A graduate assistant at Wisconsin in 2003 and 2004, Hammock was hired by UW coach Bret Bielema on February 23 after spending the last four seasons at Minnesota, the last of which as the co-offensive coordinator.
Hammock, 30, was the only coach retained at Minnesota when Jerry Kill took over as head coach in December, in part because of a recommendation by Bielema. Minnesota running backs averaged 4.1 yards per carry under Hammock's guidance and last season, the Gophers backs had just one fumble in 411 touches.
Hammock certainly knows the position. Not only did he coach Garrett Wolfe at Northern Illinois to the MAC player of the year honor, Hammock ranks ninth on the Northern Illinois all-time rushing list with 2,432 career yards, topping 1,000 yards as a sophomore and junior before a heart condition cut his career short in 2002.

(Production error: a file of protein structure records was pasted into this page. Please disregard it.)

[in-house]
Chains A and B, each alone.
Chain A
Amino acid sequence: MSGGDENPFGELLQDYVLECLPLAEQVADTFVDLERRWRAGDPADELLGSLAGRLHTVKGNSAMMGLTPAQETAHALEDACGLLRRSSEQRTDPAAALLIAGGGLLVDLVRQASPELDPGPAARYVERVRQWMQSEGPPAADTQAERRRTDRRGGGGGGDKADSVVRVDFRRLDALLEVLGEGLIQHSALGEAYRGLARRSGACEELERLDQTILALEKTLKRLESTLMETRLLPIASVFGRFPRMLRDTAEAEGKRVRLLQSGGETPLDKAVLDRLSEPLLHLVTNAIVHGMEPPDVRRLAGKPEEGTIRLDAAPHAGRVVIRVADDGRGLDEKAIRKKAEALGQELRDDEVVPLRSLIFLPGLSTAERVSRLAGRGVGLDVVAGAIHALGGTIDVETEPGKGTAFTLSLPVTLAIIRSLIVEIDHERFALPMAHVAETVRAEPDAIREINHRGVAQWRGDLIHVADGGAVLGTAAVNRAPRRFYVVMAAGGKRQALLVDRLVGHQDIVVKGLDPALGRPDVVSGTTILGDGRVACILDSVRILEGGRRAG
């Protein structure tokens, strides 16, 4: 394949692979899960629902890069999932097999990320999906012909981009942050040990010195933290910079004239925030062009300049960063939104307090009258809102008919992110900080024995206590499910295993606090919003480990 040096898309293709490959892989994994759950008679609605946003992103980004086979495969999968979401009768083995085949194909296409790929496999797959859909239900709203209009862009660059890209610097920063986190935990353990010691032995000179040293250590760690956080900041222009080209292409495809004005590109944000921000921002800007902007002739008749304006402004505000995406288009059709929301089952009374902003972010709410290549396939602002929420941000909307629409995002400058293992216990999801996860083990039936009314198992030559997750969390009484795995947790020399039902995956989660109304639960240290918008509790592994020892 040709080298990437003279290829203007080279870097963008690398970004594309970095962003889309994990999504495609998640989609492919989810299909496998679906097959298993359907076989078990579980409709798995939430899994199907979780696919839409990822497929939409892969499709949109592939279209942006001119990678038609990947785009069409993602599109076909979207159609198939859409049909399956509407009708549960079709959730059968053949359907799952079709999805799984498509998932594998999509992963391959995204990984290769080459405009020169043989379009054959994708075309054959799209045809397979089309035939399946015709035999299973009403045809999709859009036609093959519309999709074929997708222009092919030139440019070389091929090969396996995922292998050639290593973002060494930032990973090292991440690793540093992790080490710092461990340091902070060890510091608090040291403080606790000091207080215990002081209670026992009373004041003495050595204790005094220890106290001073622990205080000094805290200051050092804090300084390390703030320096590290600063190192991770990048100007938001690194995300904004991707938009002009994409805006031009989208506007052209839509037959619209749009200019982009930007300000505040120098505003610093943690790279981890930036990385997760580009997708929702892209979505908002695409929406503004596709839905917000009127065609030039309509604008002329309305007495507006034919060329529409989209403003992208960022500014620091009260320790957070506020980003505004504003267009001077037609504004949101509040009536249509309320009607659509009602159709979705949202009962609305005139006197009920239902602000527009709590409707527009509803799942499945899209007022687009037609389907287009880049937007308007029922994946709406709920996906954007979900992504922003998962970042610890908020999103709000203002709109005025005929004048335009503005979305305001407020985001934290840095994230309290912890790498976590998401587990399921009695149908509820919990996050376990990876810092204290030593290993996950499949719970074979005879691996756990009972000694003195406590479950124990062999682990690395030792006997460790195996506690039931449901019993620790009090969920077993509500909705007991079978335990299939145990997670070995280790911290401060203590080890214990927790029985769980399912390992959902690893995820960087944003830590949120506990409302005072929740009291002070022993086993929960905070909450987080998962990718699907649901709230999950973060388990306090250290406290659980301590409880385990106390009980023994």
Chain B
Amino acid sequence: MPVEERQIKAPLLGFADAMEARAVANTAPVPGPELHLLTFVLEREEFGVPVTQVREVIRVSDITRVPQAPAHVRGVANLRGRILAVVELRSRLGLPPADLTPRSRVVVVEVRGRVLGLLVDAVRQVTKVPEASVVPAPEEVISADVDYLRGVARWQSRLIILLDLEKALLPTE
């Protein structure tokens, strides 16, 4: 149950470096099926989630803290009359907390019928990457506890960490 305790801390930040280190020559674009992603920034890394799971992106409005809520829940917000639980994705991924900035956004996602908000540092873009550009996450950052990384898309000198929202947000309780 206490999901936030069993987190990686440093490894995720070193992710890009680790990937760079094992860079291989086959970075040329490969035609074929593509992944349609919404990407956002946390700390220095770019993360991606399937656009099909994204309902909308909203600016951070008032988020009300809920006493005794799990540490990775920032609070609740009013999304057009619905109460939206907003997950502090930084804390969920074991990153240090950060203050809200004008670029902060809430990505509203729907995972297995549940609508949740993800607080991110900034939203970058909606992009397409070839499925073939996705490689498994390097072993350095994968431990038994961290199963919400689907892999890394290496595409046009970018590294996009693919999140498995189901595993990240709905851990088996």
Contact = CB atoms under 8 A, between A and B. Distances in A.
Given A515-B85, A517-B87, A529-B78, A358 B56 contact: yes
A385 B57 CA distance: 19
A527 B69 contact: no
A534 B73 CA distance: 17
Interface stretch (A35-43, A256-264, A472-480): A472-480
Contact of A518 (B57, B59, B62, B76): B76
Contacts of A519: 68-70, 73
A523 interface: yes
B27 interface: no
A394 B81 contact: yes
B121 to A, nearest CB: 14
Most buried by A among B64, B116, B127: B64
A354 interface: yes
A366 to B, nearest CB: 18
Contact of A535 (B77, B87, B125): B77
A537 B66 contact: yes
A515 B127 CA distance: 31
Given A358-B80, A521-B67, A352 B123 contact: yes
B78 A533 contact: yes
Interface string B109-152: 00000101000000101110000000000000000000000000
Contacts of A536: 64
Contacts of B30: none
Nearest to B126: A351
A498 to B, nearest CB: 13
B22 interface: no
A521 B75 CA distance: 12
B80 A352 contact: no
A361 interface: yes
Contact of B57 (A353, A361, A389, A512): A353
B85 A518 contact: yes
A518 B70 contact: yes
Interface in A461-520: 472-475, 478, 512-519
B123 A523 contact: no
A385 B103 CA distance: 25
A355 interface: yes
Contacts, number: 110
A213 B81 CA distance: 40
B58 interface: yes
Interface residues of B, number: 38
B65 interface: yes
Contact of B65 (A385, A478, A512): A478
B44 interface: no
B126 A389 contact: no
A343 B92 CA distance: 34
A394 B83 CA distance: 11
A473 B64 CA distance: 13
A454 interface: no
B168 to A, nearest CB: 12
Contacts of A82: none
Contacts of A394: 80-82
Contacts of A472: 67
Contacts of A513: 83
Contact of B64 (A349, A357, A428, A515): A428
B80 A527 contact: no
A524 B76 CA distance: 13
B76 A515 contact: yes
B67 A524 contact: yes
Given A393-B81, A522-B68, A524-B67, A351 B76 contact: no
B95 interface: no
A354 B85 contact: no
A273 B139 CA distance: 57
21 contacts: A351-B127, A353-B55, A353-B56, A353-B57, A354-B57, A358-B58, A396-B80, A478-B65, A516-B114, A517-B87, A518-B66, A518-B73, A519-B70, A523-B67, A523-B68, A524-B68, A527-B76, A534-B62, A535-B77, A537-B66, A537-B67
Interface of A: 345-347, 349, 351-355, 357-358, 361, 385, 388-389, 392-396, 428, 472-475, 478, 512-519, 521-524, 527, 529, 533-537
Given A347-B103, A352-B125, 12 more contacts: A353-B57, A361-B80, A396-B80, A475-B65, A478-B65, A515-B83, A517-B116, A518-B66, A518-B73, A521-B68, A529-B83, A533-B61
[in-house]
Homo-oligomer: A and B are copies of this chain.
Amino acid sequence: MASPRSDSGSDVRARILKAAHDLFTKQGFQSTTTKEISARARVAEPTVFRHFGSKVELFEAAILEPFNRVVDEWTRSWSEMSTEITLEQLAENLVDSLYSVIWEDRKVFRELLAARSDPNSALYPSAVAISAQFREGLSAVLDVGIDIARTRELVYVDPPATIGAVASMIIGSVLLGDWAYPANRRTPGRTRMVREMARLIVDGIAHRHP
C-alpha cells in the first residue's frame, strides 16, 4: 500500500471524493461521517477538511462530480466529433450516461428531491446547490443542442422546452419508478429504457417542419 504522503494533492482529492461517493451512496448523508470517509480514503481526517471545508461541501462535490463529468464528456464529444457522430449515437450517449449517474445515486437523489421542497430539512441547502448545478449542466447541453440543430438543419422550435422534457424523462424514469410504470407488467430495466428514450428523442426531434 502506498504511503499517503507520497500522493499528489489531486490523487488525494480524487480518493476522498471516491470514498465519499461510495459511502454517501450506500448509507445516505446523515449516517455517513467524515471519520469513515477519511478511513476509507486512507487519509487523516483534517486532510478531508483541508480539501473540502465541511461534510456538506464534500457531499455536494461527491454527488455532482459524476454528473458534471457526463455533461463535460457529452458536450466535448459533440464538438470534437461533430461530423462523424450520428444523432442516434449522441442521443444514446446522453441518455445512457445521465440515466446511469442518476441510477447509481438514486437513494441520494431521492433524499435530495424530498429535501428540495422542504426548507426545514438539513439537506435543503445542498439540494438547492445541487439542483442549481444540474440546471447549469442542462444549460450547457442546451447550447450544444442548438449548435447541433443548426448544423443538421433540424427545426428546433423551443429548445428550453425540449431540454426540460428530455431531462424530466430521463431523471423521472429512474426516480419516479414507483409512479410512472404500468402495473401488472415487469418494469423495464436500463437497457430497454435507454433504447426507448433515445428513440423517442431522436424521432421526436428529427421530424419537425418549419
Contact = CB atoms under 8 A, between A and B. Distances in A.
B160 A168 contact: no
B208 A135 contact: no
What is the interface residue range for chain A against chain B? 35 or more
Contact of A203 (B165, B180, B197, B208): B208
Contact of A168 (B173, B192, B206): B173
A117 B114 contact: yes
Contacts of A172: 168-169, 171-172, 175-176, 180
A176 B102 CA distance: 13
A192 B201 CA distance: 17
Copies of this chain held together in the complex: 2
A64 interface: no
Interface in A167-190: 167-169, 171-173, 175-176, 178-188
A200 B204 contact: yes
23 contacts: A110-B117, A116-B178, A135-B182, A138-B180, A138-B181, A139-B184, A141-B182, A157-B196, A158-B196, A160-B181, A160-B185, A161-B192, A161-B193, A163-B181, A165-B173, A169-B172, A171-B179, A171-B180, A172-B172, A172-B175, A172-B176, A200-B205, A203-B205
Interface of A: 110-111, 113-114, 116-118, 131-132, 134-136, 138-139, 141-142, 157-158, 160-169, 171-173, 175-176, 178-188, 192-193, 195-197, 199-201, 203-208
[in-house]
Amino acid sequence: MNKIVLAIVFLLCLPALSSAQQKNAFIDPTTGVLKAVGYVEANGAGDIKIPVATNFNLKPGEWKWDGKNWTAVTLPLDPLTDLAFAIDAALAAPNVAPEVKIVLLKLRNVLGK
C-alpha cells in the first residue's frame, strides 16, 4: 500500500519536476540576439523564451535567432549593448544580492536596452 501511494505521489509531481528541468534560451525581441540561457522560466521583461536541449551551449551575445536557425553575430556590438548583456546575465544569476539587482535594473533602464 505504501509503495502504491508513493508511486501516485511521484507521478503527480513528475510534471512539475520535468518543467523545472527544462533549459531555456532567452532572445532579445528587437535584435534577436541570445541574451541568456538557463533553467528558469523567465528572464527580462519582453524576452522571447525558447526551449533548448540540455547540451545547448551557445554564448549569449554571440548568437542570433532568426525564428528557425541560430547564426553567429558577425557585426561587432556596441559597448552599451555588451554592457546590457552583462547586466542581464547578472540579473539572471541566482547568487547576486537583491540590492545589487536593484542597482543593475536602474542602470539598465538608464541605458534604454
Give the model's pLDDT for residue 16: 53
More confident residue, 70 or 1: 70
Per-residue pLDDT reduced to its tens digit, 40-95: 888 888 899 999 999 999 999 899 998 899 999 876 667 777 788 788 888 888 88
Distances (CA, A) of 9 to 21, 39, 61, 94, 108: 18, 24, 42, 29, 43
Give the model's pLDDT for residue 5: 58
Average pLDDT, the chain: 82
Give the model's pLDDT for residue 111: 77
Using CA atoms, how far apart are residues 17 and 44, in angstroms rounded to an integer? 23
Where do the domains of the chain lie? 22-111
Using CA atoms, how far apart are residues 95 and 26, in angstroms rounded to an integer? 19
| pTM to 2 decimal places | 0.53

Although Wisconsin's running backs had only one fumble in 506 carries last season, Hammock sees a lot of area he plans to improve among UW's talented running backs, and shared those with Badger Nation Saturday.
Badger Nation: Over the last seven years, have times changed all that much?
Hammock: No, it's still the same feeling, still the same excitement and wanting to try to get these guys better. I want to try and help these guys become better players and help this team win.
Badger Nation: As soon as John Settle left, your name was near the top of a lot of people's lists because of the familiarity with this school and the Big Ten. When this job opened up, was it on top of your want list in terms of interest in the job?